ATLANTA (Reuters) - People with seizure disorders, multiple sclerosis and other illnesses will be allowed to use a non-smoking form of medical marijuana in Georgia after the state’s Republican governor signed a measure legalizing the drug on Thursday.
But patients still may find it difficult to obtain the cannabis oil for their treatment, advocates said.
Under the law, which takes effect immediately, patients who complete a screening process will be provided with documentation allowing them to possess cannabis oil with a low percentage of
tetrahydrocannabinol (THC), the chemical in marijuana that produces a high, Governor Nathan Deal said in a statement.
Those with cancer, amyotrophic lateral sclerosis, Crohn’s disease, mitochondrial disease, Parkinson’s and sickle cell disease also will be eligible for the medical marijuana.
“For the families enduring separation and patients suffering pain, the wait is finally over,” Deal said in a statement, referring to families that moved out of state to places where the drug was already legal.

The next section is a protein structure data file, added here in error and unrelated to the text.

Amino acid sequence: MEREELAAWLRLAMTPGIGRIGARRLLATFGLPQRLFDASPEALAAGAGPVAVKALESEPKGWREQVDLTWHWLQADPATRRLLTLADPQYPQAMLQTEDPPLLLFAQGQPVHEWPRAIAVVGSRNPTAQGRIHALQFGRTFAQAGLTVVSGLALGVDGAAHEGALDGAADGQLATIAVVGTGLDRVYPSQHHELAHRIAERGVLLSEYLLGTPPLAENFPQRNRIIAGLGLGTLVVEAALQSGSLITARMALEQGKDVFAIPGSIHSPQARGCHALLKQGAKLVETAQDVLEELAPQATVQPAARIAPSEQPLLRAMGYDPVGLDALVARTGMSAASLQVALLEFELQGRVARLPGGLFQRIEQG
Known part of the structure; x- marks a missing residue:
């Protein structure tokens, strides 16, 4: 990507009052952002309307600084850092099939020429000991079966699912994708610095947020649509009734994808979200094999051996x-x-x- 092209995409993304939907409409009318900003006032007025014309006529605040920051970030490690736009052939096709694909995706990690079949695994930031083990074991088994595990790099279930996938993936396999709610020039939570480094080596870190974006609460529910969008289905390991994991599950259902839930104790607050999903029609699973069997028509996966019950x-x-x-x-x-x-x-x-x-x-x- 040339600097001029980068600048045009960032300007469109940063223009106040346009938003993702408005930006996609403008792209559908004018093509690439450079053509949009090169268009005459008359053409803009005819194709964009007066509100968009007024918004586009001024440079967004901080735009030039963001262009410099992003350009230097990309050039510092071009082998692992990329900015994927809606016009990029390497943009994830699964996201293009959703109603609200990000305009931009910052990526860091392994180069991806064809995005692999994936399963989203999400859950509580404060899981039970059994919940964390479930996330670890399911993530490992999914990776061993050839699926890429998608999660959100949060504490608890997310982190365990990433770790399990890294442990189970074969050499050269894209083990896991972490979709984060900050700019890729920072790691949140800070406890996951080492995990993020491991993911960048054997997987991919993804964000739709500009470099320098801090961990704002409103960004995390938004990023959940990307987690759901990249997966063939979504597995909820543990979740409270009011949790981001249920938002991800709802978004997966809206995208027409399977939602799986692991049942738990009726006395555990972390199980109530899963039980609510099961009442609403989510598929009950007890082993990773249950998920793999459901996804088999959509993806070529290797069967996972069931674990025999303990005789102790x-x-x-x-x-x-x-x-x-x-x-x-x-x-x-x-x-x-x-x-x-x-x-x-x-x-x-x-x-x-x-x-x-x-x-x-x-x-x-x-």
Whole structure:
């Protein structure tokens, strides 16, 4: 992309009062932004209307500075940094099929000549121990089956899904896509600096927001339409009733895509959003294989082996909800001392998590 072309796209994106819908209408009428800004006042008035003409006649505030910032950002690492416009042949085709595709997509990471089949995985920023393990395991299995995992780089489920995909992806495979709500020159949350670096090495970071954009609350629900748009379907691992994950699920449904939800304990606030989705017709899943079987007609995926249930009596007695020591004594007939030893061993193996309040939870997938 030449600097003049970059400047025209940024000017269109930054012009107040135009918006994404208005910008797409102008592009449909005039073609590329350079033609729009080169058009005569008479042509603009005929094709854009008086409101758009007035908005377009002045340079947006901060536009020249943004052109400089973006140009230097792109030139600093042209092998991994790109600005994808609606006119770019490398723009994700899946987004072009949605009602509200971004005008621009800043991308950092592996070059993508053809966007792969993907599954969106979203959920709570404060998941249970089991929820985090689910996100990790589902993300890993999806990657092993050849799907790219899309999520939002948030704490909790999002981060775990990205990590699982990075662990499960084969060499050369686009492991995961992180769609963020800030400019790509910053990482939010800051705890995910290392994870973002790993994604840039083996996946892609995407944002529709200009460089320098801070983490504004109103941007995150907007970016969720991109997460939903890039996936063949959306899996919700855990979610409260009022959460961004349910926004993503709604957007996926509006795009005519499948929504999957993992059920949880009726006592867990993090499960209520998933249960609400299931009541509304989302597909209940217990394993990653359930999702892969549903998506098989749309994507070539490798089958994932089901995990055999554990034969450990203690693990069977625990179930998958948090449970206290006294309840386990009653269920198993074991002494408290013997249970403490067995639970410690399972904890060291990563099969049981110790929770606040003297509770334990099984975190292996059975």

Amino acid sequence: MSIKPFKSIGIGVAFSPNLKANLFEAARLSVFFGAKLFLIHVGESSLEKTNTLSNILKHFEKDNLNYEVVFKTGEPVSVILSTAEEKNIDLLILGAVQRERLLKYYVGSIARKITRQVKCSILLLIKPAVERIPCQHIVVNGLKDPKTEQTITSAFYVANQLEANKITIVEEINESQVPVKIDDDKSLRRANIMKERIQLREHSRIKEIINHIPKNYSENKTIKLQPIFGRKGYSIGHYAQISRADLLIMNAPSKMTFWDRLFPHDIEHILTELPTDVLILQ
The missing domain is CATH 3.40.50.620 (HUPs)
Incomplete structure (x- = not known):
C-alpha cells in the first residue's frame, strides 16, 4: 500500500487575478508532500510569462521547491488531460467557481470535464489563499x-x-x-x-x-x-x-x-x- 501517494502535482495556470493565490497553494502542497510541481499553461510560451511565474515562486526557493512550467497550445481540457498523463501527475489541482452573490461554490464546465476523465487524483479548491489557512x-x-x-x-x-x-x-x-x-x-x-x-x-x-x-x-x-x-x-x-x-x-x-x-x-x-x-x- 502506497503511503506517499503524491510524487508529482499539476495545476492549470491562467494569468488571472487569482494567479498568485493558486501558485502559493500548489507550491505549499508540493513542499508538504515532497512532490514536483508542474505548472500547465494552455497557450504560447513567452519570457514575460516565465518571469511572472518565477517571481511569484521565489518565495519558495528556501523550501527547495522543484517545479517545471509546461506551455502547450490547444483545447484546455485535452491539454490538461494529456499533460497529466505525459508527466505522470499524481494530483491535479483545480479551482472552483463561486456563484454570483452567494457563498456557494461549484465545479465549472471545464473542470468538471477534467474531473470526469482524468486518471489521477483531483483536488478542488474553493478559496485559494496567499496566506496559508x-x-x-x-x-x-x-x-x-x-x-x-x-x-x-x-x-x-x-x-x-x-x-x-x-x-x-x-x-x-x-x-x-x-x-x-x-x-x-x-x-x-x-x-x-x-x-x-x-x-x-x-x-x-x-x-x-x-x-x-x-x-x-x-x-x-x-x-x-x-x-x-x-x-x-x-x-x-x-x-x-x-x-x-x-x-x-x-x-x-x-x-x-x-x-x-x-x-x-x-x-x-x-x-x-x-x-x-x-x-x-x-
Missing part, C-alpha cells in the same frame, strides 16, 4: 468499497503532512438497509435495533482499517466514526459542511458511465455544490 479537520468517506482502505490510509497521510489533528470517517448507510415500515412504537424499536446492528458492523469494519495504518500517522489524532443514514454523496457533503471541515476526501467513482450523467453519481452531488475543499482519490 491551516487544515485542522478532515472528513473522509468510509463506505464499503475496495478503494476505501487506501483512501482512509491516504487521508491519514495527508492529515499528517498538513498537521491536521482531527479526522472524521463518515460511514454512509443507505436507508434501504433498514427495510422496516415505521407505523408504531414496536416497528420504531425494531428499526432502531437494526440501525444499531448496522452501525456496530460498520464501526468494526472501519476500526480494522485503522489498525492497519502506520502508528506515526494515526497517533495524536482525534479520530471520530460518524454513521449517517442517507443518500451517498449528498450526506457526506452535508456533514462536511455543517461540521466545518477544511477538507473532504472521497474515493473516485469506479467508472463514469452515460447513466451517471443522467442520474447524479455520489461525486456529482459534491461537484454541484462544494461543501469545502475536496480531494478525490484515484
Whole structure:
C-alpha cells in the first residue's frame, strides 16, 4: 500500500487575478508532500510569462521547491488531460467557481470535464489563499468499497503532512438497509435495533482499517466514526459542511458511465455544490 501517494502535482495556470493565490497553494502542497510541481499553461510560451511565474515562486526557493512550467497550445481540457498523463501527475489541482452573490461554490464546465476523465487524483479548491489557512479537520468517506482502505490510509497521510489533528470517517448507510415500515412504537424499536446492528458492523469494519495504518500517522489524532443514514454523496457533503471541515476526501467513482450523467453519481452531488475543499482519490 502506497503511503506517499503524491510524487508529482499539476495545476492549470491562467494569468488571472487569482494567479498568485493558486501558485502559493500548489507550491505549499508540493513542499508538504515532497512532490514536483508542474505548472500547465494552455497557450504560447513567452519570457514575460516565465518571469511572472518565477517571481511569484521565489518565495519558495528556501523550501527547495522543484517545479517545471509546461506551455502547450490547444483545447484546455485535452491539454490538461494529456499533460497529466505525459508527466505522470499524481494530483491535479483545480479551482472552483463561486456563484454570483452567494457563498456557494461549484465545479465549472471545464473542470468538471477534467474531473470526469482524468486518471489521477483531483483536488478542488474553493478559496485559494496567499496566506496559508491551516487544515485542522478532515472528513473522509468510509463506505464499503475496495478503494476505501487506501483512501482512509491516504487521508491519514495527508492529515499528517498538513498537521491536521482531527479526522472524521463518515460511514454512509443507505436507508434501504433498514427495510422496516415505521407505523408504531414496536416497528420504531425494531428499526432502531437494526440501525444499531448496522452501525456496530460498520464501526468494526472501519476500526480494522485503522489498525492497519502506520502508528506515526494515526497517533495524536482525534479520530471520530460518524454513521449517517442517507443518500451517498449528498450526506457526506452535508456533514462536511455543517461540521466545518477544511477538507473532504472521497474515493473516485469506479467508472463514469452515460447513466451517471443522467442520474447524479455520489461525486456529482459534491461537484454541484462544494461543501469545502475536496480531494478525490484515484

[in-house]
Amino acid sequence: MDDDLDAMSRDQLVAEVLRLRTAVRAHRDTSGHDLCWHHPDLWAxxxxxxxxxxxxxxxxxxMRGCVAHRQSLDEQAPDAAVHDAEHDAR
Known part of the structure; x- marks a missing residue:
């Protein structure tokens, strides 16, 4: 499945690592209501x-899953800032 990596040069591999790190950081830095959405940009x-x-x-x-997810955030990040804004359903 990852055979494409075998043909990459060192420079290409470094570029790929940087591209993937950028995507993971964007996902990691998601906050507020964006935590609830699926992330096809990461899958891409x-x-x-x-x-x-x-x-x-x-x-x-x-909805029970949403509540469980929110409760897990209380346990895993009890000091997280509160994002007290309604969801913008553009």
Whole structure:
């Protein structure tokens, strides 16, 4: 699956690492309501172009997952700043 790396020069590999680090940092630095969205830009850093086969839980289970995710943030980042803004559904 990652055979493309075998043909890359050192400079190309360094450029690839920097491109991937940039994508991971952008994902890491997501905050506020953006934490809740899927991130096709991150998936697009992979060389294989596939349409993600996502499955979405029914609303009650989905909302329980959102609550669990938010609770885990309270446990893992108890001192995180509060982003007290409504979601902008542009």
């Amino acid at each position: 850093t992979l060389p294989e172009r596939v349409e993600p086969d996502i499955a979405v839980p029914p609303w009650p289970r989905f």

The bill’s sponsor, state Representative Allen Peake, said there are pharmaceutical companies that will ship the low-THC oil to Georgia, where it remains illegal to grow marijuana.
The law does not permit the use of high-THC oil that might be needed for patients with the more serious conditions such as cancer, Peake said.
Allen St. Pierre, executive director of the pro-marijuana group NORML, predicted on Thursday that Georgia patients will face hurdles to legally obtain the marijuana oil permitted under the new law.
They will be forced to purchase it in other states, such as Colorado, where marijuana is legal, St. Pierre said. However, it is illegal under those states’ laws and federal law to bring the drug across state lines to Georgia, he said.
The governor’s office directed questions about how patients will be able to obtain the drug to the state’s public health department, which declined to comment.
Georgia is the 12th U.S. state to approve the non-euphoric marijuana oil, St. Pierre said. Twenty-two states and the District of Columbia allow regular marijuana to be smoked for medicinal purposes.
Editing by Colleen Jenkins and Mohammad Zargham
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